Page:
Rise of the Argonauts was one of those games many people never played. An action RPG set in Greek Mythology, it received rather lukewarm reviews. leading many gamers to skip it entirely. I was intrigued by it, however, and I was still a member of Gamelfy at the time it came out, I decided to give it a try.
I am glad I did. While Rise of the Argonauts has many faults, its unique take on some very well-known myths make it one worth playing.
A New Take On Some Familiar Stories
Rise of the Argonauts starts just before the wedding of Jason and Alceme. What should be a joyous occasion is ruined when enemies attack Jason’s palace right before it begins. Jason and his guards are able to repel the attack, but not before Alceme is assassinated. Jason is not content to let that stand, and after consulting the gods, he decides to set out to find the Golden Fleece, a legendary object said to have the power to raise the dead. His quest for the fleece will take him to the very ends of the earth and beyond, running across some of the most well-known characters in all of mythology.
Much of the story in the game is presented via conversation with characters, whether they be members of your crew or others you come across in your travels. The conversation system in the game is slightly reminiscent of Mass Effect; instead of choosing exactly what Jason will say, you choose more the attitude with which it will be said. While not as well done as that in the Mass Effect series, there is an added wrinkle to conversations: responding in certain ways can earn the favor of the gods.
Earning the Favor of the Gods
The leveling system in Rise of the Argonauts is based on how you please four different Greek gods: Apollo, Ares, Athena and Hermes. You can please each of these gods by either completing different deeds, such as killing a certain number or enemies with a particular weapon, or by choosing responses in conversations that please them. On the one hand, this makes you pay a whole lot more attention to the choices you make in conversation, especially if you are trying to please a particular god. On the other, it can tempt you to choose responses you do not really mean just to gain favor. Granted, it is not a perfect system, but it is still an interesting change.
Once you earn the favor of one of the gods. you can spend that point to upgrade skills related to that god. Dedicating deeds to Apollo, for example, will allow you to gain abilities of the sun and life, including Regeneration, which will replenish your health in battle. Dedicating them to Hermes can help increase Jason’s speed and dodging among other abilities which fit the swift messenger god. This system of leveling up fits in rather nicely with the setting, and it works rather well.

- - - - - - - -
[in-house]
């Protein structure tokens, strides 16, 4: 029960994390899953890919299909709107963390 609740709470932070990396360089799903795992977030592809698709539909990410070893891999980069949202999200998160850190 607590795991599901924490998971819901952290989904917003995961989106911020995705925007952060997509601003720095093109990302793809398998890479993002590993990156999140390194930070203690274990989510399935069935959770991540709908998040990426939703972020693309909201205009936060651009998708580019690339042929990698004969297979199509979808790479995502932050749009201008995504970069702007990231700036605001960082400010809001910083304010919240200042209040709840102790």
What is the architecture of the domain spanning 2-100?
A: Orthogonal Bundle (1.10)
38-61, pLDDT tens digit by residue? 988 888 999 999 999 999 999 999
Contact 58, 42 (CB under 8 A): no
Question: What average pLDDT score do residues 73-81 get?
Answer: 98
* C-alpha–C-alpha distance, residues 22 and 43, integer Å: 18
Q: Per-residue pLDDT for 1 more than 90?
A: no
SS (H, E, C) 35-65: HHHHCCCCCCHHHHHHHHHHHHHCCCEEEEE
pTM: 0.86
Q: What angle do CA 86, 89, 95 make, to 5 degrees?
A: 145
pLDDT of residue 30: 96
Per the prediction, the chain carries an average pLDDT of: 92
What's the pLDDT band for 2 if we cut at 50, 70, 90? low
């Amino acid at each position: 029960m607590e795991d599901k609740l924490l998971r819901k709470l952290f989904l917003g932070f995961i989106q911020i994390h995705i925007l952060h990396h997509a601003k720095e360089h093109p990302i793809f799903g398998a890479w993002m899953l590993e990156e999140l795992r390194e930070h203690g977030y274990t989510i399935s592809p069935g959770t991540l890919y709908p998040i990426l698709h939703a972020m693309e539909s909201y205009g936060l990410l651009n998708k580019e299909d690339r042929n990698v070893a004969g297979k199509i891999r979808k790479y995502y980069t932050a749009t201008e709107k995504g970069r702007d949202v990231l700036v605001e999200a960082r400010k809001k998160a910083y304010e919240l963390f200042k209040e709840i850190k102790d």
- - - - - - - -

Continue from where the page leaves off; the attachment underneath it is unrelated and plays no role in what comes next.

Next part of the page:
Combat in Rise of the Argonauts is deeply satisfying. You can switch on the fly in battle among three different weapons: a spear, mace and sword. Each has their strengths and weaknesses, including different God Powers which can be performed when using them. I found myself sticking primarily with the sword or mace, switching between them when I wanted to vary my attack speed or power. You also carry a shield, which can be used to block your enemies attacks. Overall, the combat works very well, though you will sometimes find it a little monotonous as many of the enemies can be vanquished with the same simple set of moves.
Missing the Mark
While in many ways Rise of the Argonauts is a good game, it is not without its flaws. I already mentioned the fact earning favor in conversations can sway the choices you make. You also will find the difficulty in the game rather inconsistent. Most of the lower level enemies can be vanquished rather easily just to see that difficulty spike severely when facing off against some of the bosses. I found myself replaying more than a few of those battles, and sometimes that got rather old.
Difficulty is not the only thing that is a little on the inconsistent side. As strong as the story can be, the voice acting can leave you a little flat. Many times the tone and inflection with which a character speaks just does not seem to match what is being said. One notable exception to this is Pan; the legendary satyr’s dialogue is one of the high points in the voice acting, making you look forward to any time you need to talk to him.
As frustrating as these things can be. there is one issue with them game that is more annoying by far: the bugs. Rise of the Argonauts is glitchy. Characters will clip through items, screens will freeze for a short time, and many other little bugs will become a rather large annoyance. None of them was worse that one I had right before the final boss battles of the game.The screen was flickering so much I could not even see what was happening, and I had to consult a guide to figure out what I was supposed to do as I could not see what was going on. Fortunately, that was the only time I faced that dramatic a glitch.
Still One to Consider
Flaws and glitches aside, I really did enjoy playing Rise of the Argonauts. When the various elements come together correctly, it is truly a joy to play. If you are able to overlook some of the problems, you will find a game that, while not excellent, is still worth playing through. Rise of the Argonauts gets a 7 out of 10.